The "Suits" aren't the majority on moratorium bill

It seems Peter Samuel has had a break with reality. We attended the SAME hearing he’s referring to in this article, and it’s all spin. The Senate Transportation Committee didn’t fall for the entourage orchestrated by the BIG MONEY and TxDOT. In fact, the senators were quite contentious with many of the local government representatives and TxDOT. At one point, Senator Shapleigh essentially called a County Judge a liar and Senator Shapiro was practically yelling at the Judge for advocating she vote to “gouge our citizens for the next 50 years” on the Hwy 121 project in Collin County. This is hardly the glowing report Samuel tries to paint.

Senator Nichols in particular was sharp, on point, filled with supporting facts, and a stalwart defender of the moratorium. He also made perfectly clear that the moratorium DOES NOT HALT ALL ROAD PROJECT or even toll projects, it simply puts private toll road deals on hold. In fact, this committee has spent nearly two full hearings discussing how the tolling authority in Dallas can do the 121 deal WITHOUT using a controversial and exponentially more expensive CDA (private toll equity deal for 50 years).

Every one of those committee members knows that taxpayer funded trips to the Capitol to testify in favor of increasing government and taxes is nothing new for local governments and that the “suits” can’t come close to representing the majority of scores of grassroots citizens who managed to get two-thirds of the legislature to support this moratorium! They’re paid to be there. Your average citizen cannot take a day off work, get to Austin AT THEIR OWN EXPENSE, and wait around all day to be called to testify in favor of a bill. That’s because they’re out working to pay the taxes these guys are spending! The PEOPLE have already garnered support by calling their representative to SIGN-ON to the bill…a veto-proof two-thirds majority in each House is proof positive of the support for this bill (not a pre-meditated plan to bring in “suits” by the road lobby and local governments drinking the privatization Kool-Aid)!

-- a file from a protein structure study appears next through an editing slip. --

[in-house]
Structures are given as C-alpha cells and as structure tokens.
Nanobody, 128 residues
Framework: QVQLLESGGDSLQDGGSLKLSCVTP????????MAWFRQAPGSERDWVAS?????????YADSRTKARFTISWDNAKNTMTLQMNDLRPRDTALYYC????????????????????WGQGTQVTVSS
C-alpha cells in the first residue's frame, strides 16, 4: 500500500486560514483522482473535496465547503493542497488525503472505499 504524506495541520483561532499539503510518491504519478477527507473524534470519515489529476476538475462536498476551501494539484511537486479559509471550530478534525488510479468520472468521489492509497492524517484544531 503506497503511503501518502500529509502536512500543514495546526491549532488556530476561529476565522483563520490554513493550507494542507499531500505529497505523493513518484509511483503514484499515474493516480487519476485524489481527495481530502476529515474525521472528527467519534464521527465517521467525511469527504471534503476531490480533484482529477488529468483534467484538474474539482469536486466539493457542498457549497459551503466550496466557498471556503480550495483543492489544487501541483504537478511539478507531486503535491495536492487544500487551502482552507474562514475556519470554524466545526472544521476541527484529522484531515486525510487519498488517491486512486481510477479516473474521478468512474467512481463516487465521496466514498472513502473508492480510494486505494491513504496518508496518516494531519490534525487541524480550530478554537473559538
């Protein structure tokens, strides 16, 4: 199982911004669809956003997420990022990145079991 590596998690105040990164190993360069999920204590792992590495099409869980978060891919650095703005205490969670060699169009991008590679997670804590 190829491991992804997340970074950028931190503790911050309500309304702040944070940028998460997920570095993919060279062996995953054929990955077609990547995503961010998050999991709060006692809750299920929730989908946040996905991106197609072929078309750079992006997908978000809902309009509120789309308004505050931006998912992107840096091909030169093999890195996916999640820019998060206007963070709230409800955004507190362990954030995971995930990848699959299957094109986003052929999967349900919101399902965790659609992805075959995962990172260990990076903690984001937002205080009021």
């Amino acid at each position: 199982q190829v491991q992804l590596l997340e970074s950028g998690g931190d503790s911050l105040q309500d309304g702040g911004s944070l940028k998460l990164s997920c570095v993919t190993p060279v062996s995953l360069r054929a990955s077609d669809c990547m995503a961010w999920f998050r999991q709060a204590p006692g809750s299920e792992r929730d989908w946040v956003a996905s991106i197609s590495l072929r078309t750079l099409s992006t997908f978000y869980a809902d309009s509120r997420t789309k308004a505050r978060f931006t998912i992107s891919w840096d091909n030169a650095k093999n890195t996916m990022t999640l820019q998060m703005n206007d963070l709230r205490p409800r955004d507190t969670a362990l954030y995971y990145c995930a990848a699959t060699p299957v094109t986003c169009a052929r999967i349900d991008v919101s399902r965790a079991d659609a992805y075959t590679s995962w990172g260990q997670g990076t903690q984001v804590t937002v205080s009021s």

We know the road lobby is paying top dollar to change minds and peel off votes, but WE THE PEOPLE will also keep the pressure on until the moratorium becomes LAW!

Link to Toll Road News article here.

Texas concession freezer melts – Carona wants compromise, won’t move SB1267
By Peter Samuel
Toll Road News
March 22, 2007

State senator John Carona chair of the Texas senate transport committee says he won’t move SB1267, the bill which would block the signing of any toll concessions over a 30 month period until Sept 1, 2009. Carona was one of the early signatories to the freeze bill and has been a fierce critic of the concession process and has clashed bitterly with Texas Transportation Commission’s Ric Williamson and the TxDOT establishment.But in a major turnup he told the Austin Statesman newspaper today: “I don’t intend to move (SB1267, the freeze bill).”

Carona won’t allow a vote on the very bill he promoted and signed onto!

His explanation: he now sees a need for a compromise bill.

From someone who ran into Carona informally yesterday and talked the freeze bill with the senator we get the impression he has completely turned against the bill.